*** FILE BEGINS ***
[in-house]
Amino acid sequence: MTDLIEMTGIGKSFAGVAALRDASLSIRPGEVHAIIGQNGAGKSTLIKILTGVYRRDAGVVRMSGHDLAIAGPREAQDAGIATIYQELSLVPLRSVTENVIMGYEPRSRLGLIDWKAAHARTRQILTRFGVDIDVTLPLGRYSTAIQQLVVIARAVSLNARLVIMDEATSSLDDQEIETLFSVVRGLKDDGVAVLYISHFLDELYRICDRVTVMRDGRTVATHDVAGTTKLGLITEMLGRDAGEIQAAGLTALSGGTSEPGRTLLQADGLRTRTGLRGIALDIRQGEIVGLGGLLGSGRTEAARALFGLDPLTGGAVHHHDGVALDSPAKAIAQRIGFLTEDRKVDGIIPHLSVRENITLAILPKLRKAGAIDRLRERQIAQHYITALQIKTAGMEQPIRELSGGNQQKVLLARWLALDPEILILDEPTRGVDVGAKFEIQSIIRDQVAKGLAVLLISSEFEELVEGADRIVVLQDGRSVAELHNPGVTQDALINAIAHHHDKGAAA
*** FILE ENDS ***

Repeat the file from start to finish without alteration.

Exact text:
[in-house]
Amino acid sequence: MTDLIEMTGIGKSFAGVAALRDASLSIRPGEVHAIIGQNGAGKSTLIKILTGVYRRDAGVVRMSGHDLAIAGPREAQDAGIATIYQELSLVPLRSVTENVIMGYEPRSRLGLIDWKAAHARTRQILTRFGVDIDVTLPLGRYSTAIQQLVVIARAVSLNARLVIMDEATSSLDDQEIETLFSVVRGLKDDGVAVLYISHFLDELYRICDRVTVMRDGRTVATHDVAGTTKLGLITEMLGRDAGEIQAAGLTALSGGTSEPGRTLLQADGLRTRTGLRGIALDIRQGEIVGLGGLLGSGRTEAARALFGLDPLTGGAVHHHDGVALDSPAKAIAQRIGFLTEDRKVDGIIPHLSVRENITLAILPKLRKAGAIDRLRERQIAQHYITALQIKTAGMEQPIRELSGGNQQKVLLARWLALDPEILILDEPTRGVDVGAKFEIQSIIRDQVAKGLAVLLISSEFEELVEGADRIVVLQDGRSVAELHNPGVTQDALINAIAHHHDKGAAA